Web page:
TR2003-62

Marginalizing Out Future Passengers in Group Elevator Control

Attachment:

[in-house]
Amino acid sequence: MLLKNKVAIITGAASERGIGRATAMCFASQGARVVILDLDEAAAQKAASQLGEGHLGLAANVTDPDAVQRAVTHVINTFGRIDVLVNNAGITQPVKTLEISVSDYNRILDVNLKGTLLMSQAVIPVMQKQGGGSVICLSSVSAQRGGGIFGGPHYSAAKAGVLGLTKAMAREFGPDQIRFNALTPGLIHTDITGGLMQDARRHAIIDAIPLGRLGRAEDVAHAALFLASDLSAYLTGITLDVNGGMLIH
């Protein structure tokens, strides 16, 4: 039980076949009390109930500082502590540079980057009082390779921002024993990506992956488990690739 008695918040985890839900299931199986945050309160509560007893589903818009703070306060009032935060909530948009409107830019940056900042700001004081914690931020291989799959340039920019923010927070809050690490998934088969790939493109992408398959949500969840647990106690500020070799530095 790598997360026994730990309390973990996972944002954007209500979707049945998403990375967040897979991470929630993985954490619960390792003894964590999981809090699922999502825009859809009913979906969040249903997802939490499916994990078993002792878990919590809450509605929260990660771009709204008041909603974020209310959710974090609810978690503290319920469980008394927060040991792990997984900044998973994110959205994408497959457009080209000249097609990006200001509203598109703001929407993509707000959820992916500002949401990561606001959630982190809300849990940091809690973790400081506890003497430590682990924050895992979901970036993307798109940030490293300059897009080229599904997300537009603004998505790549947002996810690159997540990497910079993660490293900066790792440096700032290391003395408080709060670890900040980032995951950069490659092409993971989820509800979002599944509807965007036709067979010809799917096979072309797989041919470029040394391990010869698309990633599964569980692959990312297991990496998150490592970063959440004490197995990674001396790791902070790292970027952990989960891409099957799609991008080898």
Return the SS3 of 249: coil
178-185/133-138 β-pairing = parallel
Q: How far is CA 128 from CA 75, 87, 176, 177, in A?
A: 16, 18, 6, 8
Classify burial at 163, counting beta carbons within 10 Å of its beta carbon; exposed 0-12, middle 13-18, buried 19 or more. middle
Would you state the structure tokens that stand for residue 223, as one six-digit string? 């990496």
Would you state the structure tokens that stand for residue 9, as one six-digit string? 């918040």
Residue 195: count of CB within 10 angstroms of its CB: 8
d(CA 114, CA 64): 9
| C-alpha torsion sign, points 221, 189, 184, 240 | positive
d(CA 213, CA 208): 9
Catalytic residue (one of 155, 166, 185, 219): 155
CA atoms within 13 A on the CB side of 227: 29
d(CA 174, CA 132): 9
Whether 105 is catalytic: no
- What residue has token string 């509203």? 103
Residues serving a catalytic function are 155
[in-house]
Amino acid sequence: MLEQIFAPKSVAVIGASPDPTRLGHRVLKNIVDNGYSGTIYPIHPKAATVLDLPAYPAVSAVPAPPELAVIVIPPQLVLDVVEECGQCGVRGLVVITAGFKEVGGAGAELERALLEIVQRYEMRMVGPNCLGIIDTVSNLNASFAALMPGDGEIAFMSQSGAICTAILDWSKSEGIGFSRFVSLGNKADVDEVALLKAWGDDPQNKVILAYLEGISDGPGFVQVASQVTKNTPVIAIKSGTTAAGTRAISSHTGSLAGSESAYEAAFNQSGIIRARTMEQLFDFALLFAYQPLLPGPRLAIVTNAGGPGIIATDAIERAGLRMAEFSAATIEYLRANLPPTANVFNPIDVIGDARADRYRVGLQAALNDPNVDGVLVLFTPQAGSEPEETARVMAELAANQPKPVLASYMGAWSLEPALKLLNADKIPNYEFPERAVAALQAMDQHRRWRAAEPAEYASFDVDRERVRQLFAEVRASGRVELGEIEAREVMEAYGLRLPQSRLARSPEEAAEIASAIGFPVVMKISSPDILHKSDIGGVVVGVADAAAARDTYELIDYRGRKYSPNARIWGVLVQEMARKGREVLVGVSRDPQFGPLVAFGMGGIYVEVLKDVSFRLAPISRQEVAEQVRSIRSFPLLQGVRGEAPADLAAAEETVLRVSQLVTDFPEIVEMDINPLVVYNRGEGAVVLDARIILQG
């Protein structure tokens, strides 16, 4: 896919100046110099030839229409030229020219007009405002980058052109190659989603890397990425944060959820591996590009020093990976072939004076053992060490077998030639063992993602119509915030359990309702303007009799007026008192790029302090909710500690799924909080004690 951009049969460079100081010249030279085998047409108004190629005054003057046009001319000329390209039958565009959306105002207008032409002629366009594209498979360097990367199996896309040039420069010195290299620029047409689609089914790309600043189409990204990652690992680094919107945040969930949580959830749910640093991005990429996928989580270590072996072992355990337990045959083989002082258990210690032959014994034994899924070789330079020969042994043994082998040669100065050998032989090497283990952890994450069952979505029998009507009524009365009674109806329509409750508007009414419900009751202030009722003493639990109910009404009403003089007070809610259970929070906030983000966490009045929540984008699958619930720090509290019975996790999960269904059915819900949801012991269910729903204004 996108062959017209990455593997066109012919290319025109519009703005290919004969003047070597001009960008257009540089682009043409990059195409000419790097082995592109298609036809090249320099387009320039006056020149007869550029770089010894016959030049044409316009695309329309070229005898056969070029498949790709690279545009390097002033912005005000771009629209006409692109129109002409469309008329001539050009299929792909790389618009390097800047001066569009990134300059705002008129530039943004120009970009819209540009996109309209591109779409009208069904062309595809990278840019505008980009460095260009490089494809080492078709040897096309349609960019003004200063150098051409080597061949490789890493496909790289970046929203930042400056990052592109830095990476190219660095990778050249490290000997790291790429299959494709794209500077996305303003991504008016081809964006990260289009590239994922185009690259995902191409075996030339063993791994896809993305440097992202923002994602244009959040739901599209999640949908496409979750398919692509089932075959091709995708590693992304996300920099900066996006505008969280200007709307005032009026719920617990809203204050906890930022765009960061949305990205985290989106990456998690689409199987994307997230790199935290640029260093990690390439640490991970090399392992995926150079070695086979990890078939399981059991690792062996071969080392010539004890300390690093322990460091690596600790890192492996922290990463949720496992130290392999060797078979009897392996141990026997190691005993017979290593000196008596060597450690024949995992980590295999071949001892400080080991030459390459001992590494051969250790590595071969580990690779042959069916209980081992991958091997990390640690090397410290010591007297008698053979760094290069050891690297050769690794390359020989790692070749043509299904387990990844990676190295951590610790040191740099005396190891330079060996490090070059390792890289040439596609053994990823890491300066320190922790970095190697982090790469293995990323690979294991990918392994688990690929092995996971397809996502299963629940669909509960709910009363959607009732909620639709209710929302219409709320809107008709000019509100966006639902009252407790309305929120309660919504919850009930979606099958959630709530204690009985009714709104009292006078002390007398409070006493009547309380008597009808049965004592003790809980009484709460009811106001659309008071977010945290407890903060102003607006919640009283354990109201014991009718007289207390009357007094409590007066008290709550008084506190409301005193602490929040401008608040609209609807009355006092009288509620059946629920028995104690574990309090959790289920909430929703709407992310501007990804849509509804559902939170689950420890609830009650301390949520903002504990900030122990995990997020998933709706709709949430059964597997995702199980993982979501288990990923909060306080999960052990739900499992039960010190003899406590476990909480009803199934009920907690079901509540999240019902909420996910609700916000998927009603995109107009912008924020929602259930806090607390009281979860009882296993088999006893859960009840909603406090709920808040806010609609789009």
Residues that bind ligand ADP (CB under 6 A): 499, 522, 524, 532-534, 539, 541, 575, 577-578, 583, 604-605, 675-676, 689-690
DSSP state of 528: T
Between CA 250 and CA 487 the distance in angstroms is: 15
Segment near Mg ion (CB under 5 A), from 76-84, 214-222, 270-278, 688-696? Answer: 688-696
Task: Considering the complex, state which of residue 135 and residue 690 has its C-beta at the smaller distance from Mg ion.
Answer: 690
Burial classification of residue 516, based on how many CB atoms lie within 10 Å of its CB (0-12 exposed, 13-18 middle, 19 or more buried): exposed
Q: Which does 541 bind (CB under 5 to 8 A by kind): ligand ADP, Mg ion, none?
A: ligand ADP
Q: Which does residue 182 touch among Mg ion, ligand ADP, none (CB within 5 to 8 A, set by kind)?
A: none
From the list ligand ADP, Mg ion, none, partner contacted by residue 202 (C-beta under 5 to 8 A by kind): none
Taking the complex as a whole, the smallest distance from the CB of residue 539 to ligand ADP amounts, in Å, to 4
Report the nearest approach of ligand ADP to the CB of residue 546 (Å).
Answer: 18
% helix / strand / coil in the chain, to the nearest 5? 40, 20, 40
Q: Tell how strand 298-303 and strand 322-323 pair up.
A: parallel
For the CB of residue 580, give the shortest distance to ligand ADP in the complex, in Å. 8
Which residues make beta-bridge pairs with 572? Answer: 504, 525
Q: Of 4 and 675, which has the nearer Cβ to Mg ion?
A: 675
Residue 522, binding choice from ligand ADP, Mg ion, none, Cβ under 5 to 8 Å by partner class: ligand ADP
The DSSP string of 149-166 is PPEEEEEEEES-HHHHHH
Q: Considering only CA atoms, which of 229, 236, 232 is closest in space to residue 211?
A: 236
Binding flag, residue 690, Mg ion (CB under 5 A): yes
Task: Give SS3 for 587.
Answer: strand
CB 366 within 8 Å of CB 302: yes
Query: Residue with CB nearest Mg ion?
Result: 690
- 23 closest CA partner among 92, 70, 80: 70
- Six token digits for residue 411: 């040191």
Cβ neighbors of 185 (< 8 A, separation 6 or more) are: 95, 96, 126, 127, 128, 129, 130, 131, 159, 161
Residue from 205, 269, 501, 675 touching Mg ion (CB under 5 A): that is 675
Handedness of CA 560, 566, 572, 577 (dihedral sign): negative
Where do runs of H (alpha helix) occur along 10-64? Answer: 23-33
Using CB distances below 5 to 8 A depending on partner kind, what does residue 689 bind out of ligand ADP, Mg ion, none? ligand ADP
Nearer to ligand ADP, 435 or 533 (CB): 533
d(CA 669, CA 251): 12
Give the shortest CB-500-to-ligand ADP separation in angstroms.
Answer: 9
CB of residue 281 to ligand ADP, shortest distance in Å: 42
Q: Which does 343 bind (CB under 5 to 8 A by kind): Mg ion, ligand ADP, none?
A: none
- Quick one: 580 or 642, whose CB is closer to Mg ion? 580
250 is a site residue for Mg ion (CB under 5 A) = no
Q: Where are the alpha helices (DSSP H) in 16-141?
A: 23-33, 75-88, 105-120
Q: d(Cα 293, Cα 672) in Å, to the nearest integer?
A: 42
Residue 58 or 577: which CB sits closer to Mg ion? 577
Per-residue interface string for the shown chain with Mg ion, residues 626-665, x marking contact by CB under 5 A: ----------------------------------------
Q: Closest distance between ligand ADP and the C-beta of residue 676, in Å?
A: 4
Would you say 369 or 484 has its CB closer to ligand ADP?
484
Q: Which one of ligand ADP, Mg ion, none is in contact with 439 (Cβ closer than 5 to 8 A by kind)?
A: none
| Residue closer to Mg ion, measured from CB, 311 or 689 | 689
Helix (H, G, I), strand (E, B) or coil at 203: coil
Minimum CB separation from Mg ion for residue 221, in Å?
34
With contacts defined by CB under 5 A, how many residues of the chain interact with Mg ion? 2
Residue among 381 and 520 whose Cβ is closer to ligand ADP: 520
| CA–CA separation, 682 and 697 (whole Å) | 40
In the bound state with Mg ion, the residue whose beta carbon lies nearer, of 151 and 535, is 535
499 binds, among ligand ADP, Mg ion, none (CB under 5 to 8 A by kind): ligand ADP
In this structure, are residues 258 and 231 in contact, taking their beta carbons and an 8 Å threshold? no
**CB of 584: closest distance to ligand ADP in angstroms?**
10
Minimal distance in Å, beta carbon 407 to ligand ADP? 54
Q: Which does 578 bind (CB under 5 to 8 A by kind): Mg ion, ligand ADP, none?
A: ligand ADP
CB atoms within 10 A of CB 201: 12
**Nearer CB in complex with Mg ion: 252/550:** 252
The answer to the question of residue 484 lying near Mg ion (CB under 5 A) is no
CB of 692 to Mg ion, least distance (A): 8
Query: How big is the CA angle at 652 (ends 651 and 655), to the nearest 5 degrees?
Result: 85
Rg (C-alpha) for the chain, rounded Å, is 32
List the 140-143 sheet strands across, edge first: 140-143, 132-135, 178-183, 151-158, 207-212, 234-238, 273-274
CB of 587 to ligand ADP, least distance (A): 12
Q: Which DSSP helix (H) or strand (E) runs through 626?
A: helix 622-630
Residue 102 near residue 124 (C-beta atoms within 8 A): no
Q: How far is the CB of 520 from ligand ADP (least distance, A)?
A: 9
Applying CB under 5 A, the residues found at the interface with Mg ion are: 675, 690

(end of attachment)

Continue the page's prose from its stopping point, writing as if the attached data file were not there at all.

Group elevator scheduling is an NP-hard sequential decision-making problem with unbounded state spaces and substantial uncertainty. Decision-theoretic reasoning plays a surprisingly limited role in fielded systems. A new opportunity for probabilistic methods has opened with the recent discovery of a tractable solution for the expected waiting times of all passengers in the building, marginalized over all possible passenger itineraries. Though commercially competitive, this solution does not contemplate future passengers. Yet in up-peak traffic, the effects of future passengers arriving at the lobby and entering elevator cars can dominate all waiting times. We develop a probabilistic model of how these arrivals affect the behavior of elevator cars at the lobby, and demonstrate how this model can be used to very significantly reduce the average waiting time of all passengers.